Since October fifth, news of the Winstein sexual assault scandal has been on the rise. The story was first broken by Jodi Kantor in the New York Times and has quickly snowballed. Dozens of high profile actresses have since come out to report instances of sexual assault perpetrated by Weinstein; there are currently twenty-eight total accusations ranging from harassment to full blown sexual assault. Weinstein’s serial sexual predication has finally been brought to light. This story is still developing but currently Weinstein has been expelled from the Academy of Motion Picture Arts and Sciences and has fled to Europe for alleged ‘sexual addiction’ therapy.
The true question regarding this news story is clearly, why was this atrocity allowed to continue for so long? Weinstein’s sexual engagements were continuously brought up by multiple actresses, and several felt the effects of speaking out on their careers. However no one questioned Weinstein, and when the story first broke several actors tried to defend his actions, notably Matt Damon, Ben Affleck, and Donna Karan. Karan even went so far as to suggest that the assault perpetrated by Weinstein was the fault of the actresses for dressing provocatively and ‘asking for it’. When the excuses reach the point of blamaing a victim for their own assault, it becomes clear that the problem is not only with Harvey Weinstein, but with the twisted ideals of Hollywood that have become so entrenched the public can barely discern behavior that is appropriate and that which is clearly not. The entire spectacle has uncovered a culture of systematic misogyny in Hollywood that many were aware of but few truly realized the depth of it’s roots.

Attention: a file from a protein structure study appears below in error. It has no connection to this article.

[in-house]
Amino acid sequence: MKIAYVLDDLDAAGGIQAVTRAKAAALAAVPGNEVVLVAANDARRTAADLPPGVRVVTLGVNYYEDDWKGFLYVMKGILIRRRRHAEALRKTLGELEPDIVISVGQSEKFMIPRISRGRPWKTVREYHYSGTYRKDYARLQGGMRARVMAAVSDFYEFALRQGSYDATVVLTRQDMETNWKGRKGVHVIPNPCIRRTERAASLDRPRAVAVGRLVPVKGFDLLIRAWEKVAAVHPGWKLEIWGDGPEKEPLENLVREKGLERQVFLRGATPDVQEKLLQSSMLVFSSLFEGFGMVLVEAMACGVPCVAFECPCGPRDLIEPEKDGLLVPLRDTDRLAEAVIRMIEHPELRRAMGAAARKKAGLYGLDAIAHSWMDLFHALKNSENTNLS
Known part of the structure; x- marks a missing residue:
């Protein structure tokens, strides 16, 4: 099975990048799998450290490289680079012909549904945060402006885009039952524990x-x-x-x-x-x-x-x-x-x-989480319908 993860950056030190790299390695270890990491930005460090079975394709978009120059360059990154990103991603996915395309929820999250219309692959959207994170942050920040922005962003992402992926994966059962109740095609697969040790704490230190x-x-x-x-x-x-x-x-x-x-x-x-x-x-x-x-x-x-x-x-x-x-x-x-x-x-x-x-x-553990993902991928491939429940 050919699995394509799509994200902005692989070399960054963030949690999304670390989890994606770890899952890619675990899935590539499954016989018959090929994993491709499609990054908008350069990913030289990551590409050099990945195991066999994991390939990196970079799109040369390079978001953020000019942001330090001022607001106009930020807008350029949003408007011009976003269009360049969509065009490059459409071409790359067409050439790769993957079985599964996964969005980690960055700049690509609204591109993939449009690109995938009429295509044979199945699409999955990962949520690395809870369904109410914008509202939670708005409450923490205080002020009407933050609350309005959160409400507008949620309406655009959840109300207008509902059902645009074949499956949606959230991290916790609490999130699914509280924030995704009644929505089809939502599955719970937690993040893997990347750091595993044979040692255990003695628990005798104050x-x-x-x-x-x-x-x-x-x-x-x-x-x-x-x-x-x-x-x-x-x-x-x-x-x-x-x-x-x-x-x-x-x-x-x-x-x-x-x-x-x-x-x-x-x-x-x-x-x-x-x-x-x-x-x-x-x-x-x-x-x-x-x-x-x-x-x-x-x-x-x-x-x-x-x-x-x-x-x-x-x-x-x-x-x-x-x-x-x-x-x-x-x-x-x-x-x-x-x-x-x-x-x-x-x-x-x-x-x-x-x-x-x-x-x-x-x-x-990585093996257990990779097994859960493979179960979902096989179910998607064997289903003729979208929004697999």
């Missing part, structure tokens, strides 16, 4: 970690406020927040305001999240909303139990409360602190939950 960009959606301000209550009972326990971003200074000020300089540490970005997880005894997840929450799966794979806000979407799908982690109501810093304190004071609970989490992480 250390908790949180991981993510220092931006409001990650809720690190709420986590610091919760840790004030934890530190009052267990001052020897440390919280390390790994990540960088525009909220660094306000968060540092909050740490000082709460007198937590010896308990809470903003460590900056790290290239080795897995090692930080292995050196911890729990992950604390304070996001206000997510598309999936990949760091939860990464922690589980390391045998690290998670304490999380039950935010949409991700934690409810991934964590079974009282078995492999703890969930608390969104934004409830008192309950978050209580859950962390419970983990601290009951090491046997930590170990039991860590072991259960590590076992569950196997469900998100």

The ‘casting couch’ abuse of Hollywood is an issue that extends deep through through the performance industry. Sexual confrontations can not only affect the mental health of actresses, however when these encounters are refused they can impact that career possibilities of the performers. When men in influential positions abuse their power it is always women who suffer the consequences. Even now Weinstein is attempting to shift the consequences of his actions onto a perceived, ‘sex addiction’ a term that was legitimized by the National Association of Addiction. By blaming his actions on an addiction Weinstein is increasing the culture of non acceptance and victim blaming that has remained a part of the sexual abuse problem for years. If the belief that respected men should be trusted simply on the basis that they are respectable than no woman will be safe from this power imbalance.
Hollywood desperately needs change.
If the acting industry is unable to rip out its roots of sexual abuse and coercion after this blatantly horrifying instance of predation, than nothing will spur them to finally begin protecting the women who work and live within the industry they’ve built their livelihoods on.